Vanda Carmo

Vanda Carmo is a MAR-ECO student from the University of the Azores in partnership with the Institute of Marine Research (Norway) and VIMS. Her research aboard the RV Bigelow focuses on the diets of a group of mid-water fishes that includes dragonfishes, lightfishes, marine hatchetfishes, viperfishes, and loosejaws.

Randy Singer

Randy is a recent graduate from the University of Georgia’s Eugene Odum School of Ecology in Athens, Georgia with a B.S. in Ecology. His senior thesis modeled carbon flow in a deep-sea hydrothermal vent community, using Stella (an ecosystem modeling program). He is currently working under Dr. Jacqueline Mohan at the University of Georgia as a research technician studying the effects of climate change on eastern hardwood forests. In addition, Randy has recently been working on the Global Parasite Database under Dr. Sonja Altizer. On this cruise Randy will be observing deep-sea sampling procedures, helping Dr. Sutton with his research, as well as developing possible research ideas for future personal projects.

Tracey Sutton

VIMS professor Tracey Sutton specializes in the study of the deep sea, particularly the fishes and invertebrates of the mesopelagic (200-1,000 m depth) and bathypelagic (1,000-4,000 m) zones. He and his graduate students use a variety of sampling methods (e.g., midwater nets, submersibles, ROVs) to gain an understanding of the diversity and community structure of Earth's least-known ecosystems. Sutton is  particularly interested in the development and application of multiple techniques (microscopical, genetic, and biochemical) to understand the dynamics of deep-sea food webs, and how these interactions shape community structure in the "mid-waters" of the open ocean, which are by far Earth's largest (~ 92% of the world ocean volume) and oldest ecosystems.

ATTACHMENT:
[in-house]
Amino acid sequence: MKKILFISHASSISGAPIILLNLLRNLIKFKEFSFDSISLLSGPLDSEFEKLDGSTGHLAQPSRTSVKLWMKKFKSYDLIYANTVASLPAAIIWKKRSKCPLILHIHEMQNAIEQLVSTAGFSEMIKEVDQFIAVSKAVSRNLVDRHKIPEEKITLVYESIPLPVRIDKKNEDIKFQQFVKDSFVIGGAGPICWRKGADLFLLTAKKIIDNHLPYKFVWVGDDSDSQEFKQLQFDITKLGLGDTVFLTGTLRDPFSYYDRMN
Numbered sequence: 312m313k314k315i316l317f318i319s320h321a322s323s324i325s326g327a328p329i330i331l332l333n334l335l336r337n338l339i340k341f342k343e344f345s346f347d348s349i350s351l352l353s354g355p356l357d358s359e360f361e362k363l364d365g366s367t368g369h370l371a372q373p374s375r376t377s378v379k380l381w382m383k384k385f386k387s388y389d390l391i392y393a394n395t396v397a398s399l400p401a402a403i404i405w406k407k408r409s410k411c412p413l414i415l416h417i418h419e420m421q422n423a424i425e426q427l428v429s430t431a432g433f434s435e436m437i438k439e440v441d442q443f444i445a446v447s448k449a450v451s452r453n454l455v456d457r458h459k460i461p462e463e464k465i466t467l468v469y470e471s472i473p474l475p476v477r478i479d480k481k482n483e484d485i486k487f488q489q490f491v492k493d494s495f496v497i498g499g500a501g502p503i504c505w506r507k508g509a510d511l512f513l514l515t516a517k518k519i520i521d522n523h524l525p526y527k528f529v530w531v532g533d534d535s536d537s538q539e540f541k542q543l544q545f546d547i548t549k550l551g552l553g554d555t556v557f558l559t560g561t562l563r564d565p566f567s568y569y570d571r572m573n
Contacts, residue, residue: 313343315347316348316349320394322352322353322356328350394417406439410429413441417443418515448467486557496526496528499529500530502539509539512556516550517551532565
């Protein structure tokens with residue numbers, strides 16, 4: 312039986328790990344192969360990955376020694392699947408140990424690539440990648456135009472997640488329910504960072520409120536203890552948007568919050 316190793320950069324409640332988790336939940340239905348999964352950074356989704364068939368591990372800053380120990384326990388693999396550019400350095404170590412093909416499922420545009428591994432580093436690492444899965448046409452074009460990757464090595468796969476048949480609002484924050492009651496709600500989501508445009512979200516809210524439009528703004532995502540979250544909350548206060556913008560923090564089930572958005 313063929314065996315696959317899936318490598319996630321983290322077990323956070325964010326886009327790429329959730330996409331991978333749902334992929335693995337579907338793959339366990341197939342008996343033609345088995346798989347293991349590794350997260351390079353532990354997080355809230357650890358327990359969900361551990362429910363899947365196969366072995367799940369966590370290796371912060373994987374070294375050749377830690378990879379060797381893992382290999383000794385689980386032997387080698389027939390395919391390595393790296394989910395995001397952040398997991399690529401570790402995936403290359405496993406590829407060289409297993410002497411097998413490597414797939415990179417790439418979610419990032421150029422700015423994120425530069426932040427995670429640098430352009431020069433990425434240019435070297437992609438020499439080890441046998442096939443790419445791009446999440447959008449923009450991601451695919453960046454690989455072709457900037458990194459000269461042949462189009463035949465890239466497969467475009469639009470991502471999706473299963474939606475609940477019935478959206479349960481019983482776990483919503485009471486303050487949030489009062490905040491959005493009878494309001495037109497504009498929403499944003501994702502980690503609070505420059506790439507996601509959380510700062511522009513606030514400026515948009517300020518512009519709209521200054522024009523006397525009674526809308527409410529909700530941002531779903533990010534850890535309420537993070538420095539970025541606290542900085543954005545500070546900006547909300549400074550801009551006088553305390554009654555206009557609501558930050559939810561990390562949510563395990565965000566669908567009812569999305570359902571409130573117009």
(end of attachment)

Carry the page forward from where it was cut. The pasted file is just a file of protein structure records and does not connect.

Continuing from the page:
CJ Sweetman

Christopher (CJ) Sweetman is a Ph.D student at the Virginia Institute of Marine Science with Dr. Tracey Sutton.  His role on the summer 2009 MAR-ECO cruise to the mid-Atlantic Ridge is to conduct a food-web analysis of a group of mid-water fishes known as "pencil smelts" (Family Microstomatidae). What is interesting about these fishes, besides their large biomass near mid-ocean ridges, is that they appear to consume large quantities of gelatinous zooplankton.  Jellyfish remain a poorly understood link in the global carbon cycle and this project, using both taxonomic and molecular analyses, hopes to shed more light on the importance of gelatinous zooplankton in a dynamic ecosystem such as the Mid-Atlantic Ridge.

Cruise Participants